One's immediate thoughts are probably, "How much faster will things get in 2016?", or perhaps, "How will programming change in the next couple of years?". But one theme will trend increasingly: "How will we minimise the energy footprint of high end compute?"
There will be "Open Power" & ARM64 options for use with NVlink available as of their Pascal GPU range. Whilst Maxwell is out in 2015, it would seem better to bank your money and wait to invest in Pascal.
KNL arrives on the motherboard
60+ Atom cores, low power both in terms of compute grunt but also in terms of energy consumption, it will be interesting to see whether the peak performance deficit to the Pascal GPUs will be immaterial due to Knights Landing being right next to the traditional CPU. KNL will be available as both PCI-e or as on-board co-processor and capable of up to 3 TFLOPS/sec in Double Precision.
The Open Power Foundation is IBM opening up the technology of the Power Architecture by open licencing of chip technology to Open Power members. There seems to be some focus on "Web 2.0" and data analytics.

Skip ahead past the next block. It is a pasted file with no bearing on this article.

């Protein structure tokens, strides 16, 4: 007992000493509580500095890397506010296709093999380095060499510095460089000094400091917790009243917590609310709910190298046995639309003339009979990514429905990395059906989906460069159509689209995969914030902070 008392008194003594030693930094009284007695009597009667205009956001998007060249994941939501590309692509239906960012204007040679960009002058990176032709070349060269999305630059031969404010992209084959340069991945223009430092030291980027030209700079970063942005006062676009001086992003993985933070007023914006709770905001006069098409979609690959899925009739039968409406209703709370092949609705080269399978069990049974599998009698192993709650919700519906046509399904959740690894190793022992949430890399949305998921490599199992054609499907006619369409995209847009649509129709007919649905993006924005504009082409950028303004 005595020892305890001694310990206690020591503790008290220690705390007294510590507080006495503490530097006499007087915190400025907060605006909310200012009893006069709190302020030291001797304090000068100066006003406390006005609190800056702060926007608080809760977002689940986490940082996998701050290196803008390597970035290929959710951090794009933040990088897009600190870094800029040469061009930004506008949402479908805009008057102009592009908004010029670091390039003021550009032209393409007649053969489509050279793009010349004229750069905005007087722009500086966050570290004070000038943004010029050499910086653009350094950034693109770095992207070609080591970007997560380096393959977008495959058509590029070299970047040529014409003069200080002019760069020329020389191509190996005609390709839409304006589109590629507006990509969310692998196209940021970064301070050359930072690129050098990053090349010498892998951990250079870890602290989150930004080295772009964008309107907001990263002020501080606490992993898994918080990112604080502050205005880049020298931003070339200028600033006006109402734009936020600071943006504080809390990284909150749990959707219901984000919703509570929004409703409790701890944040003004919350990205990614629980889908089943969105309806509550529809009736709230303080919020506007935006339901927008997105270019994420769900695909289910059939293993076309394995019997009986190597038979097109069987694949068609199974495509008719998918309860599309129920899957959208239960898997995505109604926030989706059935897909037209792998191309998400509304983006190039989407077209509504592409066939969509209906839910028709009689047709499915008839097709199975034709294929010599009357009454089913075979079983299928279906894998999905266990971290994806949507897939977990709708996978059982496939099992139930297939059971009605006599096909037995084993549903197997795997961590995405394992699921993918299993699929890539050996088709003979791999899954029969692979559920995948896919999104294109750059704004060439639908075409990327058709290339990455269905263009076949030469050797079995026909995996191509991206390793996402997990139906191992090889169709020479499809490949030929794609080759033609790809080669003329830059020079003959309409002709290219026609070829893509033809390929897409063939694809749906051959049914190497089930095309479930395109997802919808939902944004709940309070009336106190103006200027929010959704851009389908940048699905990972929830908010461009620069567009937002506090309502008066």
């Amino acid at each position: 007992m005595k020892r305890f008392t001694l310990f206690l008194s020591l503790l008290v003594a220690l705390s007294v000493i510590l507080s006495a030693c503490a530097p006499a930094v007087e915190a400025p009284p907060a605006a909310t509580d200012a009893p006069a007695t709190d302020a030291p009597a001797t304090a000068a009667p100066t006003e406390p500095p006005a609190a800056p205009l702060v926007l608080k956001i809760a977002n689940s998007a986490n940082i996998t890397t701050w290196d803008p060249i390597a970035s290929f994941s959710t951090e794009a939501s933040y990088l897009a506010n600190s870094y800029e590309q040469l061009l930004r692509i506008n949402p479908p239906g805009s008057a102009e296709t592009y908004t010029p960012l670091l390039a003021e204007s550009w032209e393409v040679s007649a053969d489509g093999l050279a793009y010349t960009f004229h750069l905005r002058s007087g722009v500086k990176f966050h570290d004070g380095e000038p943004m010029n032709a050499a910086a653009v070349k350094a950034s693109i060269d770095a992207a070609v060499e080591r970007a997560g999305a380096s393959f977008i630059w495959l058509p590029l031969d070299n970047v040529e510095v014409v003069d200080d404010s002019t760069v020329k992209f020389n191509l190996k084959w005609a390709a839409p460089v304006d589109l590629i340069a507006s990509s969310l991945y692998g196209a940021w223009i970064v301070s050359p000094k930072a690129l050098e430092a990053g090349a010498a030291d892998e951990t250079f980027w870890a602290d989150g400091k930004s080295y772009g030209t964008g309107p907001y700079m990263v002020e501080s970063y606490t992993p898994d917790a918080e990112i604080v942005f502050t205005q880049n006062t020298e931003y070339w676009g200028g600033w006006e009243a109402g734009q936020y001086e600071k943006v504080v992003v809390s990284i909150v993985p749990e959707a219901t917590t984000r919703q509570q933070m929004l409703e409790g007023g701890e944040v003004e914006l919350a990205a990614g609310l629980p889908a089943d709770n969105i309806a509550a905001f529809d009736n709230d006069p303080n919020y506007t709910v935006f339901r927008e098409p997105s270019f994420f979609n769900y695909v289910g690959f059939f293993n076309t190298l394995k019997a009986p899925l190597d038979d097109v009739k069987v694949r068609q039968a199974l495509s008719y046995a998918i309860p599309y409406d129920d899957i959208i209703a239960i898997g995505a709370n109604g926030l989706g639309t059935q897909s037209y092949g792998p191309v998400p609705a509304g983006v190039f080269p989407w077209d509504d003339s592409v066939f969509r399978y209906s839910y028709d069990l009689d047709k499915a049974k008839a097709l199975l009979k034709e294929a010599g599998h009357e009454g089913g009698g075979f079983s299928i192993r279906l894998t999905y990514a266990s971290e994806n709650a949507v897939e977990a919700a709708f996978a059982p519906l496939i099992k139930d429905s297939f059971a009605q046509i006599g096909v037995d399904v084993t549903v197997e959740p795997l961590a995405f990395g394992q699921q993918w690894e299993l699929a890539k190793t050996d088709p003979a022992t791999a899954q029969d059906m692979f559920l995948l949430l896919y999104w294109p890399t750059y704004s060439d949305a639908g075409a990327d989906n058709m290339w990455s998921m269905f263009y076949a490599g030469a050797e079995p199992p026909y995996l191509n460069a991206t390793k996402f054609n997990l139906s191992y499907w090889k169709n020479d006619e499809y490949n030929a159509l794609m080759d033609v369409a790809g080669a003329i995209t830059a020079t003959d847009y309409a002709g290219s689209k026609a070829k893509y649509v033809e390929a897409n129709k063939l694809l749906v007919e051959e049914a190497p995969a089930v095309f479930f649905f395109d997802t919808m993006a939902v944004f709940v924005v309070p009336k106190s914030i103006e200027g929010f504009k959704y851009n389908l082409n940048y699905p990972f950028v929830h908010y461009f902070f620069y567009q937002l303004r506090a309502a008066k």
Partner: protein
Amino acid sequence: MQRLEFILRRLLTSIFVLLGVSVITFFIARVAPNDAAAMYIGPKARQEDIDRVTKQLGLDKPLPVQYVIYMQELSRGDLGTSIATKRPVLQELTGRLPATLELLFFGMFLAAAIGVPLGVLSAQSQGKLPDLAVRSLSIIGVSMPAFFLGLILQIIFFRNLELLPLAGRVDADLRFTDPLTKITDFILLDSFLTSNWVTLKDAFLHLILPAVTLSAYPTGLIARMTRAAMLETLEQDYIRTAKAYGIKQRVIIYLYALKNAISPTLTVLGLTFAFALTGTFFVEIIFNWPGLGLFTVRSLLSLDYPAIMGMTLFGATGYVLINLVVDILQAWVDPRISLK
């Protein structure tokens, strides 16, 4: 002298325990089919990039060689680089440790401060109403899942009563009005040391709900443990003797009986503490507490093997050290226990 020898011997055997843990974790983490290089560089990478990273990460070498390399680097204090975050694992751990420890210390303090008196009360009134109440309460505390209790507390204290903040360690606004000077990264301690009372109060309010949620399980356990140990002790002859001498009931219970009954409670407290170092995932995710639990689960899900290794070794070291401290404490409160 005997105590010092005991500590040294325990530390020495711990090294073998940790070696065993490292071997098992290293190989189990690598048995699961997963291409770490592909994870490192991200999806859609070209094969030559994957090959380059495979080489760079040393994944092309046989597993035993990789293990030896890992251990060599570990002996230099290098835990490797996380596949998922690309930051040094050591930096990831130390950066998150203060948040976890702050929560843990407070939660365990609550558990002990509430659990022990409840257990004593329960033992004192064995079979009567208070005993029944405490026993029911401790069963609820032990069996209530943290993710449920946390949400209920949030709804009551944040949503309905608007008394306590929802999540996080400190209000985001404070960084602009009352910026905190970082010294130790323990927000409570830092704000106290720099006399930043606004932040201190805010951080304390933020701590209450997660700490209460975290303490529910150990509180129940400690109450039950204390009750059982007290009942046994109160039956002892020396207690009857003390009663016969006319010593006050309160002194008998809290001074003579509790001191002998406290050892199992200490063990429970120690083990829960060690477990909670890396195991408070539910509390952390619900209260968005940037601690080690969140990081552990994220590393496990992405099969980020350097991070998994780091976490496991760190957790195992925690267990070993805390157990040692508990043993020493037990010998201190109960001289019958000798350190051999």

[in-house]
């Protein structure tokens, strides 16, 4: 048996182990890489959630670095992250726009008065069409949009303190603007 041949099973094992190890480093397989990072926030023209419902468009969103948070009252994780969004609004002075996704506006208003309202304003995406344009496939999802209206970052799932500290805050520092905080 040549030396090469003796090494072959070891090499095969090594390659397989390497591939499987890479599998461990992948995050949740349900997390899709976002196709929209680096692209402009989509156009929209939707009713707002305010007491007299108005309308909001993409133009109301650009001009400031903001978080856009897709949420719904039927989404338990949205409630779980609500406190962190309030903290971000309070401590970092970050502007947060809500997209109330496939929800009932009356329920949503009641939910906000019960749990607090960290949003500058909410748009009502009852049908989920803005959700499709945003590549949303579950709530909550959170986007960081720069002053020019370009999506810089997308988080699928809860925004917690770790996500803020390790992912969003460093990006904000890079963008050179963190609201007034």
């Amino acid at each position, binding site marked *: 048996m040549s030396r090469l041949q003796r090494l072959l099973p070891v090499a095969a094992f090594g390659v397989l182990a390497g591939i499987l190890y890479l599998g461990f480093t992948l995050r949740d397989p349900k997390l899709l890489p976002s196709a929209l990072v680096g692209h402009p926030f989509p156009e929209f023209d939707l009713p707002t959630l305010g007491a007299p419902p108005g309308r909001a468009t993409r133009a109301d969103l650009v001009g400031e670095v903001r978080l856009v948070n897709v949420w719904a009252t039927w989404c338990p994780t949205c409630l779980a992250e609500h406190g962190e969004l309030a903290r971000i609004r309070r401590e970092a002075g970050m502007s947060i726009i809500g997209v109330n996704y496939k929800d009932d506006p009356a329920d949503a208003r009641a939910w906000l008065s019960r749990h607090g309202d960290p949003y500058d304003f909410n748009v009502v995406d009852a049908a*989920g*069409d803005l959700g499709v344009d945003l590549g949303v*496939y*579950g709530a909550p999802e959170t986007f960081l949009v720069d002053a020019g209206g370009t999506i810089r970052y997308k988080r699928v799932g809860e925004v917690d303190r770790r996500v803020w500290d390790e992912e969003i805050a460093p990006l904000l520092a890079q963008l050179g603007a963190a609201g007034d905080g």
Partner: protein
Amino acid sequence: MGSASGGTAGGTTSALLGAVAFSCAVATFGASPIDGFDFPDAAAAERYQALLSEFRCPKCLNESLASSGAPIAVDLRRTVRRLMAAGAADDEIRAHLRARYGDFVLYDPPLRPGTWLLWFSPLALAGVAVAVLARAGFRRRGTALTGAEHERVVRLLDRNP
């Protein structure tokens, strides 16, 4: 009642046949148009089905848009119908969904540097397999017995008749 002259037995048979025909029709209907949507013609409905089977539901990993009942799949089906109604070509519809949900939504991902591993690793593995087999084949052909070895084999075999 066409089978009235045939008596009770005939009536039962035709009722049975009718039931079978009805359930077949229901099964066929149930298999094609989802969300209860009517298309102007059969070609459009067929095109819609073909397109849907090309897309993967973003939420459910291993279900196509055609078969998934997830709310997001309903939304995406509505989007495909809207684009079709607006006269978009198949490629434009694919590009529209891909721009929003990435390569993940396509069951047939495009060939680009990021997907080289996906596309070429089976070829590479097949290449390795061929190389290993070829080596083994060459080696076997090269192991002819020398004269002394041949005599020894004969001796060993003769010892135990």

One of the partners is NVIDIA, allowing the use of IBM's Power8 chip with its own GPU (see above). The communications channel between the 2 will be NVIDIA's NVlink. However, IBM is also developing CAPI (coherent accelerator processor interface) for linking over PCI-e between Power8 and any flavour of accelerator. According to HPC Wire, IBM are "working with FPGA makers Xilinx and Altera to show the benefits of a hybrid setup running over the CAPI"
As an example of how the Open Power Foundation may work, NVIDIA will licence their NVlink technology for use by members of the Foundation.
Things to watch out for
But maybe more importantly than the questions above, will be the year's answers to questions such as
- what will be the total energy to perform a given model simulation
- memory - how much is immediately available to the cores doing the compute
- what will be the latency and bandwidth from the compute cores to the main RAM